UK merger raises prospect of single network

The UK moved one step closer towards a single mobile network market on Tuesday as European telecom giants Deutsche Telekom and France Telecom announced plans to merge T-Mobile UK and Orange UK into a 50:50 joint venture.

The agreement, should it be approved by the competition authorities, will create a new market leader, with over 33 million subscribers and a 43 per cent share of the market, according to the latest figures from Informa’s WCIS.  Current leader O2 has a user base of  22.44 million, which represents a 29 per cent market share.

The newly merged player will also be able to exploit Orange’s fixed broadband offering giving enabling it to deliver converged services.

Perhaps more importantly, the deal brings the prospect of a single network market closer to reality. Orange and T-Mobile will have the opportunity to combine their 23,000 or so 2G base station sites as part of their merger. But any attempts to consolidate their 3G networks will bring Hutchison’s 3UK into the equation.

T-Mobile and 3 formed a 50:50 joint venture called Mobile Broadband Network Ltd (MBNL) in December 2007. This was the world’s largest known active 3G network sharing agreement at the time and saw the two operators elect to share their masts and 3G access networks. MBNL was given the aim of making 13,000 combined base station deployments, and around 7,000 are currently in operation. The marriage of Orange and T-Mobile would bring another 7,000 3G sites to the table, and 3UK is supportive of the proposed merger, according to Richard Moat, head of T-Mobile.

Moat said that Hutchison is expected to want to share the synergies afforded by the agreement, and it should also be noted that Orange UK already hosts 3’s 2G traffic. In a statement, 3UK said: “Our network infrastructure joint venture with T-Mobile inevitably makes us an interested party.”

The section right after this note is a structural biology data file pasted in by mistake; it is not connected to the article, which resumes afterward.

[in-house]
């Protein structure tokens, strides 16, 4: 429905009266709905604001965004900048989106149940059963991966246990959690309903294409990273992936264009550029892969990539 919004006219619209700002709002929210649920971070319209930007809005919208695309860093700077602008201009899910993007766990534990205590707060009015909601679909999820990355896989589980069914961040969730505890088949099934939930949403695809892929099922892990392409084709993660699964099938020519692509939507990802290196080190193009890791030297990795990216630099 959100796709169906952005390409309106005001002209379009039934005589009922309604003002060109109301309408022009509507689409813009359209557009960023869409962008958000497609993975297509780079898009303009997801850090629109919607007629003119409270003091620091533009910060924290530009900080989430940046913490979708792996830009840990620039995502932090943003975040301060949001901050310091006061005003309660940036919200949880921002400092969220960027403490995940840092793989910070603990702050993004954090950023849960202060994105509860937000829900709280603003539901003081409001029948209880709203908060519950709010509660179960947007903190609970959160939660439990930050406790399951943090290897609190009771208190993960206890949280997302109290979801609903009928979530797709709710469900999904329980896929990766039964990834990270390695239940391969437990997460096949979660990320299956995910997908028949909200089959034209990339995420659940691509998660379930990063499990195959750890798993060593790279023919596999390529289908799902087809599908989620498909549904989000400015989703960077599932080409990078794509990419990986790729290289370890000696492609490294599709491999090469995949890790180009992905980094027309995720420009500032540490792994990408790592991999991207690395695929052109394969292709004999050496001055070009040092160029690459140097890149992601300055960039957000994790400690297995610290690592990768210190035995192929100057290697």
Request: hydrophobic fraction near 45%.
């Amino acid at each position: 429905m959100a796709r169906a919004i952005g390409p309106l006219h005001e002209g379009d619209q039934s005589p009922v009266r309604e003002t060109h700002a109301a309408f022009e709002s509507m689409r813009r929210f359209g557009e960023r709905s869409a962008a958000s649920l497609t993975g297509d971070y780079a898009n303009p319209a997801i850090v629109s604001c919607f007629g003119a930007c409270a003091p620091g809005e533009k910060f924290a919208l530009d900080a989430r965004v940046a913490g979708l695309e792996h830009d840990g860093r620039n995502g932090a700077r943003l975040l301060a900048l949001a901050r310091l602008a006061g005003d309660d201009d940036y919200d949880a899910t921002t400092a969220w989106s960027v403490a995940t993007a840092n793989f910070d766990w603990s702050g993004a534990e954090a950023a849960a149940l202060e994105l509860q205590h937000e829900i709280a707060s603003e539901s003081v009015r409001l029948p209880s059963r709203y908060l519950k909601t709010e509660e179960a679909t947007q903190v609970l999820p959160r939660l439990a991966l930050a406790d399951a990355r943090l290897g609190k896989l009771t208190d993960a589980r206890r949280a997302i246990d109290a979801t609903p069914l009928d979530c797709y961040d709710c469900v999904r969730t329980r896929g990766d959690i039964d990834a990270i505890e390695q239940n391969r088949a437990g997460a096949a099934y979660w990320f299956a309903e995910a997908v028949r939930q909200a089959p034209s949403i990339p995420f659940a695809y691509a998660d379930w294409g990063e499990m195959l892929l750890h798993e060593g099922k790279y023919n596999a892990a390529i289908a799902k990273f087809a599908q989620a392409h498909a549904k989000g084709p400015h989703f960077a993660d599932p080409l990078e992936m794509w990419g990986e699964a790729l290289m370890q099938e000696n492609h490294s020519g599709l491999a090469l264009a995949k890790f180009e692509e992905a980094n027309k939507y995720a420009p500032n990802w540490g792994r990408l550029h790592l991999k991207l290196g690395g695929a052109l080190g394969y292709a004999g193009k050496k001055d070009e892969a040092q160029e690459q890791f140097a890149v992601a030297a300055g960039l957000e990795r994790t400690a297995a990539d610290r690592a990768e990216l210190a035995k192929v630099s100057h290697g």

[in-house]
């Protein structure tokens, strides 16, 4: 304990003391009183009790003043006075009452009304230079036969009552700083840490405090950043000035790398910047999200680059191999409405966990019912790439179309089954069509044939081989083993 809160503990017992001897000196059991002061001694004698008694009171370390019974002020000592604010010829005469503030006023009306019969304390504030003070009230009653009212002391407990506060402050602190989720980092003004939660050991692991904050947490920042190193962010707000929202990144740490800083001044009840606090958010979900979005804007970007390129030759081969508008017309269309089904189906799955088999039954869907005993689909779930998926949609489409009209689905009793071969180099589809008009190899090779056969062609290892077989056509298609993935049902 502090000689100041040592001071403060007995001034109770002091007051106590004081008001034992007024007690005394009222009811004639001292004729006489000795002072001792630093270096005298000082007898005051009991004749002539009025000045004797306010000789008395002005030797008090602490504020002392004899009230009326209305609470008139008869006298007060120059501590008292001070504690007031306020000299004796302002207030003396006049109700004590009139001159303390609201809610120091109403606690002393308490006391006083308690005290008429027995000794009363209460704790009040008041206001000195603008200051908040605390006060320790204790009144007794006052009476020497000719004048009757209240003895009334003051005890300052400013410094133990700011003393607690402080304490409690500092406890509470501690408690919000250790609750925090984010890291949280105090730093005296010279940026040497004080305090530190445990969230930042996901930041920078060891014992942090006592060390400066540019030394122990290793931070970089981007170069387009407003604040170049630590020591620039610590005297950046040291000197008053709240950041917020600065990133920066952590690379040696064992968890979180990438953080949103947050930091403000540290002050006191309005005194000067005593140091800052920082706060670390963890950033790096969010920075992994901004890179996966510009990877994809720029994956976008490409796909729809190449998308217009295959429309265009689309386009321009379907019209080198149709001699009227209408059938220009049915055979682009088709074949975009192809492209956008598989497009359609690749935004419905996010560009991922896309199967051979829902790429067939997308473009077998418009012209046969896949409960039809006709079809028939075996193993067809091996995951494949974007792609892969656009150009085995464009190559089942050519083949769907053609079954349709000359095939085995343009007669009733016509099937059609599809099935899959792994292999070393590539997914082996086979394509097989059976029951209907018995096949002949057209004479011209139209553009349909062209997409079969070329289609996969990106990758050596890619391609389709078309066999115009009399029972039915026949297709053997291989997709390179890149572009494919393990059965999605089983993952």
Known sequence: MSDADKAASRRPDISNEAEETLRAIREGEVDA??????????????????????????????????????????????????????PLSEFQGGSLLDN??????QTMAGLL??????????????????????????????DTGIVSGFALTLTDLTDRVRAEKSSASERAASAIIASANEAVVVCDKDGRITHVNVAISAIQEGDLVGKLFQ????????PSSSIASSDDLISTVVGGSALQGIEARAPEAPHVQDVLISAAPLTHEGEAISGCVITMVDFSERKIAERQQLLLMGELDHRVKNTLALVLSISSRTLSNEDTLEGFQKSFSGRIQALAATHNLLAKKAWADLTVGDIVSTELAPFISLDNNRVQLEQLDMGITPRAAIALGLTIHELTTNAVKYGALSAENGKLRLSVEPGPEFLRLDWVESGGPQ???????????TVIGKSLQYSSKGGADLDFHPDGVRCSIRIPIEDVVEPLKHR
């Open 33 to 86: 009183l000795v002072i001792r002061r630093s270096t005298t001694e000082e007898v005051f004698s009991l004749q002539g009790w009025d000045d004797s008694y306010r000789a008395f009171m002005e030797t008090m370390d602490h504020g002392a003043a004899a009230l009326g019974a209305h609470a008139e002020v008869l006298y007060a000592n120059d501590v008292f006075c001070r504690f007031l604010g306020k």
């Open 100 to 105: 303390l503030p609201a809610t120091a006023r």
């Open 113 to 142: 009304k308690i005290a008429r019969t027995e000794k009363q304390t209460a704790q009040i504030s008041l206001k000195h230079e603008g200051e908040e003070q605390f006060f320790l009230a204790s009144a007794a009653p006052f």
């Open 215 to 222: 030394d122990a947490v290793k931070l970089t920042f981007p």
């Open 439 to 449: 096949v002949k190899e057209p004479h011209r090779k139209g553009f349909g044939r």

The move could be good news for Swedish kit vendor Ericsson, which dominates the managed service market in the UK mobile sector. MBNL is already operated and maintained by Ericsson and, in March, Vodafone announced a seven year deal, which will see Ericsson provide maintenance and operations for Vodafone UK’s 2G and 3G radio access networks.Since July, meanwhile, Ericsson has provided field maintenance services for radio and switch sites to O2.

In fact Orange is the odd man out. In March, Nokia Siemens Networks won a contract to manage, plan, expand, optimise and provide maintenance services for the Orange UK 2G/3G mobile network for the next five years. How this deal will be affected by the proposed merger remains to be seen, and gives Nokia Siemens’ new head of services, Ashsih Chowdary — appointed this week —something to think about.

And analysts anticipate that further consolidation of the UK market looks more than likely. “The fact that 3UK is still up for sale raises a larger question mark over its future,” said Abigail Browne, senior analyst at Informa Telecoms & Media. recently ran a poll asking readers whether a mobile market could function effectively if all carriers share the same network. The answer wasn’t quite a resounding ‘yes’, but 59 per cent of the 401 voters so far believe it is possible.

Does the Orange/T-Mobile merger threaten market competition in the UK?

  • Yes (51%, 176 Votes)
  • No (49%, 172 Votes)

Total Voters: 348

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